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Plug-In Drivers Not Missin' the Piston Electric vehicles are here to stay. Their market acceptance is currently small but growing...

Friday, May 26, 2017

2017: A New Age For EVs

The modern electric vehicle (EV) launched in December of 2010 when the first Chevy Volt and Nissan Leaf owners were handed the keys to their new cars. Tesla launched the Model S in June of 2012 and the modern EV movement was off the the races. These three were the vanguards of the new technology.

Since the starting flag was waved, many other automakers have joined in the race (at least tepidly). Worldwide to-date, approximately 2 million plug-in vehicles have been sold.

Even with ~2 million EVs sold, plug-in cars are just a small percentage of vehicles on the roads. That's because EVs are not yet for everyone.

Battery technology is currently the Achilles' heel of EVs. Batteries are expensive, they have a low energy density compared to gasoline, they degrade when not thermally managed properly, and they charge slowly. These are all engineering problems. Year by year batteries will improve and, eventually, each of these issues will be solved.

More R&D money is currently being invested in battery tech than ever before. Here is a sampling of things that are underway since the launch of the modern EV:
  • South Korea's LG Chem fired up a new battery factory in Holland, Michigan in 2012. 
  • Renault-Nissan broke ground on a European battery plant in 2013. 
  • Bosch acquired the startup Seeo Inc. for their breakthrough battery technology in 2015.
  • Similarly, Samsung acquired the EV Battery division of Magna International in 2015.
  • Daimler (Mercedes-Benz) started construction of a battery factory in Germany in 2016. 
  • In 2016 LG Chem broke ground on their fourth battery factory. This Poland factory is five times the size of a soccer field and will be Europe’s largest electric car battery factory. By 2018, it is expected to produce over 100,000 high-performance lithium batteries each year.
  • BYD broke ground on a factory in Brazil. Globally, by 2020 BYD is expected to have about 34 GWh of annual production capacity. 
  • Tesla's Gigafactory is in operation today and planned to ramp up to 35 GWh of production by 2020. And Tesla plans four more battery factory locations to be announced this year.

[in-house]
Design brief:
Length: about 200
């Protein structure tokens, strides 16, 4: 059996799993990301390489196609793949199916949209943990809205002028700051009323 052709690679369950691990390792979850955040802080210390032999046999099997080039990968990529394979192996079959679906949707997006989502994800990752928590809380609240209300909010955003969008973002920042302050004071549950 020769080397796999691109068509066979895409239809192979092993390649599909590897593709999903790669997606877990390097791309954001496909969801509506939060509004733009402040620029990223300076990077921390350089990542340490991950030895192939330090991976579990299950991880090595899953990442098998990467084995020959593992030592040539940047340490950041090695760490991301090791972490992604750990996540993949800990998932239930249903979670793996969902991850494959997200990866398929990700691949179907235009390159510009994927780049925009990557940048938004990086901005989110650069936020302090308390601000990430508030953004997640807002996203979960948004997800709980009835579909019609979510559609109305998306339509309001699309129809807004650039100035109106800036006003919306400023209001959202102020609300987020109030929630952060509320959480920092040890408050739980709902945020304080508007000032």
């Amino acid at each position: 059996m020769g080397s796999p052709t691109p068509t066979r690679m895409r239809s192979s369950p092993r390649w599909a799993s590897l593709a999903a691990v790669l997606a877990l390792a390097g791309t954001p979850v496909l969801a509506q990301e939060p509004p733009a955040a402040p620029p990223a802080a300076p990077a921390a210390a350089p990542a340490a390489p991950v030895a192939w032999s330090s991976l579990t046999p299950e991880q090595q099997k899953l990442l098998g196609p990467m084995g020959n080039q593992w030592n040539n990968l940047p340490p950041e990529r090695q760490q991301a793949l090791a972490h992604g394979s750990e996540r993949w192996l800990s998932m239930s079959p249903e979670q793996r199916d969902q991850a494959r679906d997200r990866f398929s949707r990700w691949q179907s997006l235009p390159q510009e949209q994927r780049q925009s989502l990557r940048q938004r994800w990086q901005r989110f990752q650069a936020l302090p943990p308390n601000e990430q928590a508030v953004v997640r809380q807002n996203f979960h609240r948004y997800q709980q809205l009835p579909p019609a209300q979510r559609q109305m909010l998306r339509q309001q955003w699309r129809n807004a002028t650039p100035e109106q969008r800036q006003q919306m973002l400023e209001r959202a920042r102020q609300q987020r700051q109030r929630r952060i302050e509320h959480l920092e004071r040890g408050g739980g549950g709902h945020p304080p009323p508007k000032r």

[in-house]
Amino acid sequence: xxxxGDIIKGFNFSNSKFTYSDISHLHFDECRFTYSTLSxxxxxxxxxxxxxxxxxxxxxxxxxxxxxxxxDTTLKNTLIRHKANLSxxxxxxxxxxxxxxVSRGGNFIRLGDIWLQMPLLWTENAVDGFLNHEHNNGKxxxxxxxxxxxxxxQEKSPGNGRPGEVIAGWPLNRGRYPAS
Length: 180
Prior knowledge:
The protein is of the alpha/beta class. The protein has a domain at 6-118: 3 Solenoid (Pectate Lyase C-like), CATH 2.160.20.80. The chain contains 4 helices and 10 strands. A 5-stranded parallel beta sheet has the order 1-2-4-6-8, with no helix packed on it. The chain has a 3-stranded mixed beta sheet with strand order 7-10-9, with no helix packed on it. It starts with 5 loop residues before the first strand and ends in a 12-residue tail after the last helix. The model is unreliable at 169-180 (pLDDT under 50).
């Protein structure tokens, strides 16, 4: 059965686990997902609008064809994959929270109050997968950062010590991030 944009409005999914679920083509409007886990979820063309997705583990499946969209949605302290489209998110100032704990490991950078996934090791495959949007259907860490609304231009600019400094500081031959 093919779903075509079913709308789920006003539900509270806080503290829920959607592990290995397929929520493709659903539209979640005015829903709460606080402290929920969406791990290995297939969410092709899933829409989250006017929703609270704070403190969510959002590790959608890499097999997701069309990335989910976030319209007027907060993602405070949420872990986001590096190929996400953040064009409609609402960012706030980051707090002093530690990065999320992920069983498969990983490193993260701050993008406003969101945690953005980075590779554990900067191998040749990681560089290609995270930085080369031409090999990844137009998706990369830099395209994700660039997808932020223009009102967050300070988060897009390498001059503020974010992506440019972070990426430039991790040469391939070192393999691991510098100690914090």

All of these and other activities have driven (or will drive) the price of batteries down and the energy storage capacity up. This has enabled the affordable 200+ mile EV to hit the roads in 2017.

Just as December of 2010 saw the Chevy Volt and the Nissan Leaf to kick off the modern generation of EVs, 2017 will have the Chevy Bolt EV and the Tesla Model 3. With the introduction of these two cars, 2017 will be a major inflection point in electric vehicle adoption.

2017 will be an inflection point for electric vehicles. 200+ miles of range with an affordable price tag allows EVs to move beyond the enthusiasts and into the mass market. 

With more range, EVs will reach a new audience. They can be used by people with longer commutes and in places with less charging infrastructure. When you have longer range, your need for mid-day top up is greatly reduced.

Just as two cars kicked things off in 2010, we have two cars that are upping the game in 2017. And just as these two were joined by many others in the years that followed, so too will the 200+ mile club soon have several new members.

Multiple automakers have announced plans for 200+ mile EVs by 2020. Mercedes-Benz says by 2025, their passenger car product portfolio will contain more than ten fully electric vehicles.

Source: Bloomberg New Energy Finance

In his book "Thank You for Being Late," Thomas Friedman pointed out that 2007 was a major year in technology, but at the time, no one noticed. It was the year Apple launched the iPhone, Facebook and Twitter went global, Kindle and Android were released, Airbnb was founded, Google bought YouTube, and IBM created Watson. These all eventually took the tech world by storm, and no one saw them coming.

In this case, we have the advantage of knowing what's coming and being witness to it. The world of personal transportation is undergoing more change than it has in over 100 years. These are interesting times and we are living in them.

We've been waiting for this day.

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